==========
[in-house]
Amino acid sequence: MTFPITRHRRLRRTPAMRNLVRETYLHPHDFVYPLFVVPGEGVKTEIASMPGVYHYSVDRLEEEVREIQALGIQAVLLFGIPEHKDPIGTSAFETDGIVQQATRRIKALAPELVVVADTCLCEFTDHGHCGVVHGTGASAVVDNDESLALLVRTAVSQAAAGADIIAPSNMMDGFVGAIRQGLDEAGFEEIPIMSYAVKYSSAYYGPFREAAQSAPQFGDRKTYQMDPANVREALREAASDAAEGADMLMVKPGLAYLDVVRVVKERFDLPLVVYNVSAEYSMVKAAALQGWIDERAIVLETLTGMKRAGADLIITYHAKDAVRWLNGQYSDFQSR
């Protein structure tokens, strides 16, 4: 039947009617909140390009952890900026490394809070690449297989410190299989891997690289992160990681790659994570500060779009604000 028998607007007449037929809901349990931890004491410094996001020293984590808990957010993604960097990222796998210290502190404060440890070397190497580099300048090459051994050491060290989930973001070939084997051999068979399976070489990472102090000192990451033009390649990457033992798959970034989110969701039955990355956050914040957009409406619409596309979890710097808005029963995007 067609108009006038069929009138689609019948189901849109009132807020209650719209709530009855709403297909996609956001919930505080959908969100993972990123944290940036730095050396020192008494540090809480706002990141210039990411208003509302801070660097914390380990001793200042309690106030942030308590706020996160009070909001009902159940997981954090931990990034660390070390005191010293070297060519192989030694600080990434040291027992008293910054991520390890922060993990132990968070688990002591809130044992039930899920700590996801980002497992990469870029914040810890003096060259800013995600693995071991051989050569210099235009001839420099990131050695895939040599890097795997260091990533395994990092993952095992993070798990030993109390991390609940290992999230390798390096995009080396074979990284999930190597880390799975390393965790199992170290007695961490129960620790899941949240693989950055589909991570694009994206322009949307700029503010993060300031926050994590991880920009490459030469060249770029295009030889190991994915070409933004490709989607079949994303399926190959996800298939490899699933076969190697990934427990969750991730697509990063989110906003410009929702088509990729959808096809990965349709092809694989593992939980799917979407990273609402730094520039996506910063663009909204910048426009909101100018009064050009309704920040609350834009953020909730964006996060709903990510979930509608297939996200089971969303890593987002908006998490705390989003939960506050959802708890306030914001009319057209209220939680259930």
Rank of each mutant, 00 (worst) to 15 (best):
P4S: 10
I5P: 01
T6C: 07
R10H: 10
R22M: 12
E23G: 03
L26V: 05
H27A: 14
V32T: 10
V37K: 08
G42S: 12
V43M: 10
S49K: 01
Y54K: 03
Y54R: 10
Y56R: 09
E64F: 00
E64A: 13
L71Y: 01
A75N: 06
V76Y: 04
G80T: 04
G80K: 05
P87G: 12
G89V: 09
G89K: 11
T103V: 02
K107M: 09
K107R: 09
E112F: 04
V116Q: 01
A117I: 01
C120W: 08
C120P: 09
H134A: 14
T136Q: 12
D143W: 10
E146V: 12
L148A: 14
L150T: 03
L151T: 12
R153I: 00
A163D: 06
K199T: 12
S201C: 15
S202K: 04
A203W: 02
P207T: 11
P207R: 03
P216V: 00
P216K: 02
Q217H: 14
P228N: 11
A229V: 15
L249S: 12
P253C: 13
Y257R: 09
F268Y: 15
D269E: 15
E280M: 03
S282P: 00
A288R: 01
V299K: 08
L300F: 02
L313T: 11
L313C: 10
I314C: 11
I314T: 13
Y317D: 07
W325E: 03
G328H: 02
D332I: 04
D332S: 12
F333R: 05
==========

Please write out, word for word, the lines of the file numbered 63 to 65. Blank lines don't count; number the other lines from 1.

D269E: 15
E280M: 03
S282P: 00